This psychological thriller started out slow. Lo was a weak heroine who I found irritating and somewhat unlikeable. She was constantly popping pills for her anxiety, then drinking too much. I'm not surprised that the crew didn't believe her claims. I was even questioning if the whole scenario was something she cooked up in her head and actually believed happened.
The mystery itself was a simple locked-room mystery. The passengers and crew are at sea on a small cruise ship. The internet is not working, so there is no communication with the mainland. I did figure out part of the mystery, but not all of it. I listened to the audiobook narrated by Imogene Church who does a fantastic job with Lo. My rating: 3.5 Stars.
An above average whodunit with a plausible plot. I enjoyed it; a good, fast read. I didn't think the main character was all that awful, and it really didn't matter, the story is good anyway.
This was a quick read that ultimately didn't live up to its potential. It's written using one of the most overused plot device to become popular over the last couple of years - the unreliable narrator - and the result is a book starring a woman too annoying for the reader to root for. Lo Blacklock (a ridiculous name too) is a mess - she drinks too much, is rude to everyone she meets, and exhibits no intelligence or professionalism that would make anyone mistake her for a competent journalist. The fact that she happened to be right about a crime having taken place has more to do with blind luck than anything else.
The real mystery, once it's revealed, was a let down. During the first half of the book, I at least was able to enjoy the book as I was curious as to what was really going on. But once that is revealed at about the halfway point, the book came to a grinding halt. From then on, it's just pages and pages of Lo talking to herself, working on the mystery in her head so the author can info dump on the readers. And when I finally turned the last page, I had trouble believing the book is actually over since at no point in the book did Lo even come face to face with the real killer! (The real resolution to the plot actually happened off-page without Lo even being present.) Talking about anti-climactic...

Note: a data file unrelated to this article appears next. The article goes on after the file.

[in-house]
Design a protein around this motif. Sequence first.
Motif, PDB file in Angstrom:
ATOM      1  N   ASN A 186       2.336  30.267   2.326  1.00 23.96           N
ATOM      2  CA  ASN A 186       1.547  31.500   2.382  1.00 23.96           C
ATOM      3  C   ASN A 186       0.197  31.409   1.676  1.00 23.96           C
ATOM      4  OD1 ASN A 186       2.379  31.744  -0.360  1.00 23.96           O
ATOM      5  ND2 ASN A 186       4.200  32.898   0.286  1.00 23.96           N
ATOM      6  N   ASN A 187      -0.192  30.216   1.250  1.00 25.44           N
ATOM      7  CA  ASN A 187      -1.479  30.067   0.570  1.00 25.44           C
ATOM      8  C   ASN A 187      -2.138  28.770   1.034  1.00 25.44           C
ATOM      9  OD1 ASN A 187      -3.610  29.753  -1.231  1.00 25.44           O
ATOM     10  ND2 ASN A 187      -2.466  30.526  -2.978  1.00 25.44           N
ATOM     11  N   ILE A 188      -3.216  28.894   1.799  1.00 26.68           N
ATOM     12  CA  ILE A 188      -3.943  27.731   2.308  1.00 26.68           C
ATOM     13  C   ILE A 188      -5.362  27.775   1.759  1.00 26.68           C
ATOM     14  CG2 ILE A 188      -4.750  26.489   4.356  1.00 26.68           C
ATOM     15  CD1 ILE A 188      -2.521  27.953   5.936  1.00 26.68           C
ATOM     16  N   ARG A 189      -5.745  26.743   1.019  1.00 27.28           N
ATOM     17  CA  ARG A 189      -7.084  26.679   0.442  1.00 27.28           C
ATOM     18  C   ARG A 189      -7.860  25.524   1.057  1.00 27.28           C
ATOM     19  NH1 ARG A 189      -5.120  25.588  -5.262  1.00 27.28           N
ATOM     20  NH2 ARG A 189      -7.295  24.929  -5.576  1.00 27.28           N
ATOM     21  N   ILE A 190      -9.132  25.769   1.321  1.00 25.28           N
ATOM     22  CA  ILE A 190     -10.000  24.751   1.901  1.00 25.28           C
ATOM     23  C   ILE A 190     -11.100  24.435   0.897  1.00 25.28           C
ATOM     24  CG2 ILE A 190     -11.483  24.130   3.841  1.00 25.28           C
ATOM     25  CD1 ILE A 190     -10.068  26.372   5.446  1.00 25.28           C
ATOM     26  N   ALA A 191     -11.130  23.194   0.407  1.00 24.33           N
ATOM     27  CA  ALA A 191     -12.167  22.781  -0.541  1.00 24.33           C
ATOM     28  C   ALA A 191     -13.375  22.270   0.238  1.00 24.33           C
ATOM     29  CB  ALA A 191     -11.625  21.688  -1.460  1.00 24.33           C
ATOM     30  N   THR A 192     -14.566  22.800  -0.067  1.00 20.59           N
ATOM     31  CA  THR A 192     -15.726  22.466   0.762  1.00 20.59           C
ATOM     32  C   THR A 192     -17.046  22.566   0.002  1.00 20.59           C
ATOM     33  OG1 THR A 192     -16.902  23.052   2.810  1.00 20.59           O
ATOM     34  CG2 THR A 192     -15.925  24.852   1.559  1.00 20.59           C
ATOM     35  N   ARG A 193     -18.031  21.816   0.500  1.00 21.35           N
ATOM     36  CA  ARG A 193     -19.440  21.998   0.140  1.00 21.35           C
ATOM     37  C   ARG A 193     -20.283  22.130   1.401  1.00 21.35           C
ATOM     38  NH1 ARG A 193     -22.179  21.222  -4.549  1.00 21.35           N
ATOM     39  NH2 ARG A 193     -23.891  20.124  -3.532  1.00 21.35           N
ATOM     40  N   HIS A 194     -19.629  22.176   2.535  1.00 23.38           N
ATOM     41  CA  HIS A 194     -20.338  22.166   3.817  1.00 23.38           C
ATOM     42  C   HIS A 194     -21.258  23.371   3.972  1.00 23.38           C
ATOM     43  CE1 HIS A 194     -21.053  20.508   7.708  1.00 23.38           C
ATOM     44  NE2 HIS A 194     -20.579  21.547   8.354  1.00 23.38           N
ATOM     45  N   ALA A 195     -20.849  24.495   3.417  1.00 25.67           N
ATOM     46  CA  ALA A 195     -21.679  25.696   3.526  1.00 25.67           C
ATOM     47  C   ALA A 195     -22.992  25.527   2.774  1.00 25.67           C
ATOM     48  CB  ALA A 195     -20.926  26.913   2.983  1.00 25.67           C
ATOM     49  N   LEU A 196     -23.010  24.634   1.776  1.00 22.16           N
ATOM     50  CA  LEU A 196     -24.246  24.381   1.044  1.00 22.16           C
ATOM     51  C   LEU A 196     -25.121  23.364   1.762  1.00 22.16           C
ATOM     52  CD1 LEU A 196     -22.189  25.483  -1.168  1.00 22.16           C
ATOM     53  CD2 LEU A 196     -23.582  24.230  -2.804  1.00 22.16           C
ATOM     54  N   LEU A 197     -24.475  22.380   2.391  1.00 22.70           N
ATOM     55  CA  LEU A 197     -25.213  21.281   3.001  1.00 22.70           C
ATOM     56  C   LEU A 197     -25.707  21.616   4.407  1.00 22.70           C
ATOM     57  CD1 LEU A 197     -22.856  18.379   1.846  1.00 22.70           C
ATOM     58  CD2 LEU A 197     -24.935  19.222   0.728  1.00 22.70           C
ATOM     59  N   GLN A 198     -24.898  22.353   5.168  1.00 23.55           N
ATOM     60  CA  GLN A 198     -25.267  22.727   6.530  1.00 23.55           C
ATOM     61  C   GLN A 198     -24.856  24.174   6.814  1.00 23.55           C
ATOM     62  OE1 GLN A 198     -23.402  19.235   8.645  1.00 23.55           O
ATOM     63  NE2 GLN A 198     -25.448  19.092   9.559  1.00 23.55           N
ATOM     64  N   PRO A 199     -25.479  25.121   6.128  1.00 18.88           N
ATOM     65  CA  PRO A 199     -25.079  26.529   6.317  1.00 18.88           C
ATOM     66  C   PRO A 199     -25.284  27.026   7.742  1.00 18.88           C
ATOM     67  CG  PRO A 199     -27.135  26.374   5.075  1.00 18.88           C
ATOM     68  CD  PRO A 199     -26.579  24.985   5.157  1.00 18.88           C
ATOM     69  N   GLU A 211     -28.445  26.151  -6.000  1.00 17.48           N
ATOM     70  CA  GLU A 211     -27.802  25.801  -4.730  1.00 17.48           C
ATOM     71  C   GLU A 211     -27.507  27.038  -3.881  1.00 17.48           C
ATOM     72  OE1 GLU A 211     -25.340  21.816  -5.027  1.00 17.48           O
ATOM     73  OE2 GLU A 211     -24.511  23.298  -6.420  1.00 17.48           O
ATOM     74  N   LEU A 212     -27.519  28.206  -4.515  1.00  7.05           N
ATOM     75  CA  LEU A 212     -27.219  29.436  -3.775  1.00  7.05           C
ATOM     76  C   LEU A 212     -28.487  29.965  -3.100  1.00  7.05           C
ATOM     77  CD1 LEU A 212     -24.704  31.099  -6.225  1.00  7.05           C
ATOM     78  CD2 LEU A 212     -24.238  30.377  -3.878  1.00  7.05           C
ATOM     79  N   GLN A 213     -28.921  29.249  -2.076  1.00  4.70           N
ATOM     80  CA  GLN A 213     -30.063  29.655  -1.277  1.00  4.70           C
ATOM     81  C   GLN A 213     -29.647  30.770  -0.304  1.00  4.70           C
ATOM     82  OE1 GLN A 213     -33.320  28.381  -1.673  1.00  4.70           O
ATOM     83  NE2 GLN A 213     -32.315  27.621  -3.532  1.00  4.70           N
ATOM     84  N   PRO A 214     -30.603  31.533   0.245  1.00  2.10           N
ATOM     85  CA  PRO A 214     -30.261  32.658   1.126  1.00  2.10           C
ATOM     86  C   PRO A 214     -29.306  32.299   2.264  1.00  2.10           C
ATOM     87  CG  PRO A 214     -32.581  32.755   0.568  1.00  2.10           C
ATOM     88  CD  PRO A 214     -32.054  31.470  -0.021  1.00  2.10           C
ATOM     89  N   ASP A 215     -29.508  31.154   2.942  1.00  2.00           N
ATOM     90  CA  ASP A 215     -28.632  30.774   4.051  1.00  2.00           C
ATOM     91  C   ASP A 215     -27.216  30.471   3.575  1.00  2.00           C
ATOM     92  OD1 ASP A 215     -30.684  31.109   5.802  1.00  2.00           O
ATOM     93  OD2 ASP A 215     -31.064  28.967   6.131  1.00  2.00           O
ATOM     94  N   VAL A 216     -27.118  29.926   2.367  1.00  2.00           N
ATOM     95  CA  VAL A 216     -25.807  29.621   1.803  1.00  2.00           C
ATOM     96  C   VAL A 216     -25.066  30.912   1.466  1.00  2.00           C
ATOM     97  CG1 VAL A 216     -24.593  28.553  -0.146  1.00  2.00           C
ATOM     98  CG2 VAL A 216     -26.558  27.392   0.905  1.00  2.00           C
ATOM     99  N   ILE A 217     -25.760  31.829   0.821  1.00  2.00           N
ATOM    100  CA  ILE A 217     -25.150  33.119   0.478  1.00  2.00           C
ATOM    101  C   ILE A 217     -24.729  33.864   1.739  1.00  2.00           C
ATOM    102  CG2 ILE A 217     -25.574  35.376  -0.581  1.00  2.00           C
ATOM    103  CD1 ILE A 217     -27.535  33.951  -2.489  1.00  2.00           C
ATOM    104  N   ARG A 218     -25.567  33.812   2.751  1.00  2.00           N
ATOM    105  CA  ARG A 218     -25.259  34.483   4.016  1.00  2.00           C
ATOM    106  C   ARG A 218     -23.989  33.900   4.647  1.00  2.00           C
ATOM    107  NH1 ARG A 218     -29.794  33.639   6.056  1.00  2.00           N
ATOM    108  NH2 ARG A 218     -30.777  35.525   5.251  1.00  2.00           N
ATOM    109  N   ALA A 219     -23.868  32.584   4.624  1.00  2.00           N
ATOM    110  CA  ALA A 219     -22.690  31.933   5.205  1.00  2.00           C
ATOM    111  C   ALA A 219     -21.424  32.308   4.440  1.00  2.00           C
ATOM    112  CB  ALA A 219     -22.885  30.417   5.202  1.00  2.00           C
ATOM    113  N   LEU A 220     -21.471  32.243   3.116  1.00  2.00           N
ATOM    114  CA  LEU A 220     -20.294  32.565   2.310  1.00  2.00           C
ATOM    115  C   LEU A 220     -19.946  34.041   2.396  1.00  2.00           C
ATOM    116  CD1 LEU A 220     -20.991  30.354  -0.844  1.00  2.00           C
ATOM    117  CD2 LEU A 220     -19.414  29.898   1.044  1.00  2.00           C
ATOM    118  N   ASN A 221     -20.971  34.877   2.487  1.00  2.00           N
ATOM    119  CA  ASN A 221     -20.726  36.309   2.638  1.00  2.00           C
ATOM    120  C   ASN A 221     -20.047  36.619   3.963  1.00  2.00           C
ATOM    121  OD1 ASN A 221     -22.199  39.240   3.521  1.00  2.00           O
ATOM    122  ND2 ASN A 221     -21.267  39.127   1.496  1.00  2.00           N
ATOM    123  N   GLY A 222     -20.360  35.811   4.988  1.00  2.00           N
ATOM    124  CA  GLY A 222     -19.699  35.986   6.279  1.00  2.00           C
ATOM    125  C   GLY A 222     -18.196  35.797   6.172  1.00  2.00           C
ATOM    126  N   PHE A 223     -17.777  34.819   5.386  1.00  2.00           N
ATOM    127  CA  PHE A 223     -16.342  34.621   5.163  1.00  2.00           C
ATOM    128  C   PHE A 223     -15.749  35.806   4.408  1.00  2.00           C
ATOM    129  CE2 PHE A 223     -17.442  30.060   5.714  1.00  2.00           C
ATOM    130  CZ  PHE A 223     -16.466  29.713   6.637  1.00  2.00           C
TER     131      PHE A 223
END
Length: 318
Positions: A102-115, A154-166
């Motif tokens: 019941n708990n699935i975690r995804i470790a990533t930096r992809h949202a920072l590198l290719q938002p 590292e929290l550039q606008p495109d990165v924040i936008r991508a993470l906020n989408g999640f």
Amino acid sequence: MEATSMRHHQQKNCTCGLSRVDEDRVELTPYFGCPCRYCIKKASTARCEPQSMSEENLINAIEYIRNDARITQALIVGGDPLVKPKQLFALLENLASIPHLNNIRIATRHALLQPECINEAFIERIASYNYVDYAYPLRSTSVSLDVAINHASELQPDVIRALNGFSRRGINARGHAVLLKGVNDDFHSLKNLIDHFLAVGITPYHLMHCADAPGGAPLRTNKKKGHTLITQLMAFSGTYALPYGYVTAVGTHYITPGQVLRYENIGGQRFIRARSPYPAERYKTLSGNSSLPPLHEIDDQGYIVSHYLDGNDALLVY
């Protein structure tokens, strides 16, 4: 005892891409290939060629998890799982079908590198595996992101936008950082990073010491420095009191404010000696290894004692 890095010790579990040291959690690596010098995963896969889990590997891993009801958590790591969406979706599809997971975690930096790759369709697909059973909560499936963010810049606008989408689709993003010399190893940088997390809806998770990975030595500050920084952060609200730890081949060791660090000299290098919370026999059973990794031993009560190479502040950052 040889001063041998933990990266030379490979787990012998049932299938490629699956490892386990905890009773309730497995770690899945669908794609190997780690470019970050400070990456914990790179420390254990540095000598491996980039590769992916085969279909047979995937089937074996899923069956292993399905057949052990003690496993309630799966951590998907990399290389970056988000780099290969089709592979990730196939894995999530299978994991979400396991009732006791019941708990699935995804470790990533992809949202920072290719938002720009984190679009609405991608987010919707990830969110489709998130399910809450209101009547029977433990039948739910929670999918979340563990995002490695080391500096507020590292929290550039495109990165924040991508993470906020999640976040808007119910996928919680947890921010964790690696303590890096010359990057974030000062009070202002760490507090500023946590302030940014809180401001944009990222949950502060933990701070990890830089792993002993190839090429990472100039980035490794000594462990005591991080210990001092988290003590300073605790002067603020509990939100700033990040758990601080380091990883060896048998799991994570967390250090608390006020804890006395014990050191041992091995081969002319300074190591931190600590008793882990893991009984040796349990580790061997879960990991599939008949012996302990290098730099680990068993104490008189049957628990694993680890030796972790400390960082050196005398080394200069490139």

Good, but not a great book. Dragged at times for me. But then again, I'm a guy and maybe it just wasn't written for me.
Laura Blacklock is robbed days before embarking on the biggest assignment of her journalism career. She has the once in a lifetime opportunity to board a luxury yacht and write a travel piece on the experience. On the first night on the boat Laura believes she has witnessed a murder. But has she. Laura is prone to panic attacks, drinks too much and is suffering from PTSD from her robbery. Of course no one on the boat believes her, but someone is trying to get her to leave it alone. Wonderful mystery with a wounded main character, has you guessing even at the end
From New York Times bestselling author of the âtwisty-mysteryâ (Vulture) novel In a Dark, Dark Wood, comes The Woman in Cabin 10, an equally suspenseful and haunting novel from Ruth Wareâthis time, set at sea.